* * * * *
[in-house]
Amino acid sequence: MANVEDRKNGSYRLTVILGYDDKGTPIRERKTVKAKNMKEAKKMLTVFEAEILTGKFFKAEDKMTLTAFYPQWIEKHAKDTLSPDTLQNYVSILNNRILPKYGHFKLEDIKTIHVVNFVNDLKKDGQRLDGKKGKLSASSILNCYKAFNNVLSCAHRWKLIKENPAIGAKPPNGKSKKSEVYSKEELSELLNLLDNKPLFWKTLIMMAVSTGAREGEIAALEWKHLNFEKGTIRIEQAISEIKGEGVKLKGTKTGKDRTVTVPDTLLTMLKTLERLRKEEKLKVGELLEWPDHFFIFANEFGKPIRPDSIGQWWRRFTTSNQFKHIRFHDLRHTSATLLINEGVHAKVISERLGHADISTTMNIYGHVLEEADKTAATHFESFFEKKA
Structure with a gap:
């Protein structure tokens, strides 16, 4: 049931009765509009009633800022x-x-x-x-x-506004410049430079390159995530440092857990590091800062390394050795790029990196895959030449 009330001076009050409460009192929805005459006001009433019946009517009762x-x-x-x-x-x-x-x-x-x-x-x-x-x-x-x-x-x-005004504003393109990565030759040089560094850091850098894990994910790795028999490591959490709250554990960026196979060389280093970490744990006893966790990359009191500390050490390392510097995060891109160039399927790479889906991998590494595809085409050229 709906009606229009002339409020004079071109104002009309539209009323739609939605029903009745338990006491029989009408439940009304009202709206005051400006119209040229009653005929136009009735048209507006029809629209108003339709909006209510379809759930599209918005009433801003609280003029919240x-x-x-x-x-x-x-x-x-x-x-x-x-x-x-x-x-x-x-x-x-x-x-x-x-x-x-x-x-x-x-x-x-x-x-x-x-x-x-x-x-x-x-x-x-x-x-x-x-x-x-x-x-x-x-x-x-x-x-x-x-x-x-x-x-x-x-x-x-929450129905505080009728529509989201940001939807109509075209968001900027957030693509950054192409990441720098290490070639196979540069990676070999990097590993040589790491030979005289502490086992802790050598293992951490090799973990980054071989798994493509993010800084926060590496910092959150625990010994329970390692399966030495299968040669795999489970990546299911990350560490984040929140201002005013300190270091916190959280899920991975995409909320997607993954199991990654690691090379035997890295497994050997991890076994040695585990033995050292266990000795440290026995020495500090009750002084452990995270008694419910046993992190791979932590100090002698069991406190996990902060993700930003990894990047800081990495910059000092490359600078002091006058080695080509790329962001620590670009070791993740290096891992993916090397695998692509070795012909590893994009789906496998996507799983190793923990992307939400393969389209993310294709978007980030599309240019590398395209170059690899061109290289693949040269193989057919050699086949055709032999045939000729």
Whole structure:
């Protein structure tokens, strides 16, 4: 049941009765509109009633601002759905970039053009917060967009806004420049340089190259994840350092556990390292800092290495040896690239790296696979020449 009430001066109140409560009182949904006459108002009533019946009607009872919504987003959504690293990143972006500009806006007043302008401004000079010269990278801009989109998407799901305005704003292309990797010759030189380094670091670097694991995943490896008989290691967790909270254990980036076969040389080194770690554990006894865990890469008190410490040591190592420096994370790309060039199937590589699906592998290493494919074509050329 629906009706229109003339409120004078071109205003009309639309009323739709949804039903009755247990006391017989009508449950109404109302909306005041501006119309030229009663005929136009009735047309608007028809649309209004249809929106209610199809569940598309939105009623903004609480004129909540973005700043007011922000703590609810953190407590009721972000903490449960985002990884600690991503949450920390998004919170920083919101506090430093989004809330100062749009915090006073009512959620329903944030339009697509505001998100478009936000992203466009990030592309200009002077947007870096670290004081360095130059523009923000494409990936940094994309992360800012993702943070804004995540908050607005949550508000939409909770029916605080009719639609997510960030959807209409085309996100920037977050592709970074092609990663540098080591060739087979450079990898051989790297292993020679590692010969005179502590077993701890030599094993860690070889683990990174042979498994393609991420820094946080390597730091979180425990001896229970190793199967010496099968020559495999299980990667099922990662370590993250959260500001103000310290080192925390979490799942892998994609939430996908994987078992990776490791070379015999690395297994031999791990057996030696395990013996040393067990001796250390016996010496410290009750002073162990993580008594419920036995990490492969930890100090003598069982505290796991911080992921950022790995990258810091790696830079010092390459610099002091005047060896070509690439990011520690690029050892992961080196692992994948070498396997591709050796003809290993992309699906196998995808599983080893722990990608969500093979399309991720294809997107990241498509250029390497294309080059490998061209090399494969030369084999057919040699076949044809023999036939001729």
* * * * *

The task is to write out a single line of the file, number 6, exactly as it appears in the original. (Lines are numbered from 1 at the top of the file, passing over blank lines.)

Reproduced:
């Protein structure tokens, strides 16, 4: 049941009765509109009633601002759905970039053009917060967009806004420049340089190259994840350092556990390292800092290495040896690239790296696979020449 009430001066109140409560009182949904006459108002009533019946009607009872919504987003959504690293990143972006500009806006007043302008401004000079010269990278801009989109998407799901305005704003292309990797010759030189380094670091670097694991995943490896008989290691967790909270254990980036076969040389080194770690554990006894865990890469008190410490040591190592420096994370790309060039199937590589699906592998290493494919074509050329 629906009706229109003339409120004078071109205003009309639309009323739709949804039903009755247990006391017989009508449950109404109302909306005041501006119309030229009663005929136009009735047309608007028809649309209004249809929106209610199809569940598309939105009623903004609480004129909540973005700043007011922000703590609810953190407590009721972000903490449960985002990884600690991503949450920390998004919170920083919101506090430093989004809330100062749009915090006073009512959620329903944030339009697509505001998100478009936000992203466009990030592309200009002077947007870096670290004081360095130059523009923000494409990936940094994309992360800012993702943070804004995540908050607005949550508000939409909770029916605080009719639609997510960030959807209409085309996100920037977050592709970074092609990663540098080591060739087979450079990898051989790297292993020679590692010969005179502590077993701890030599094993860690070889683990990174042979498994393609991420820094946080390597730091979180425990001896229970190793199967010496099968020559495999299980990667099922990662370590993250959260500001103000310290080192925390979490799942892998994609939430996908994987078992990776490791070379015999690395297994031999791990057996030696395990013996040393067990001796250390016996010496410290009750002073162990993580008594419920036995990490492969930890100090003598069982505290796991911080992921950022790995990258810091790696830079010092390459610099002091005047060896070509690439990011520690690029050892992961080196692992994948070498396997591709050796003809290993992309699906196998995808599983080893722990990608969500093979399309991720294809997107990241498509250029390497294309080059490998061209090399494969030369084999057919040699076949044809023999036939001729």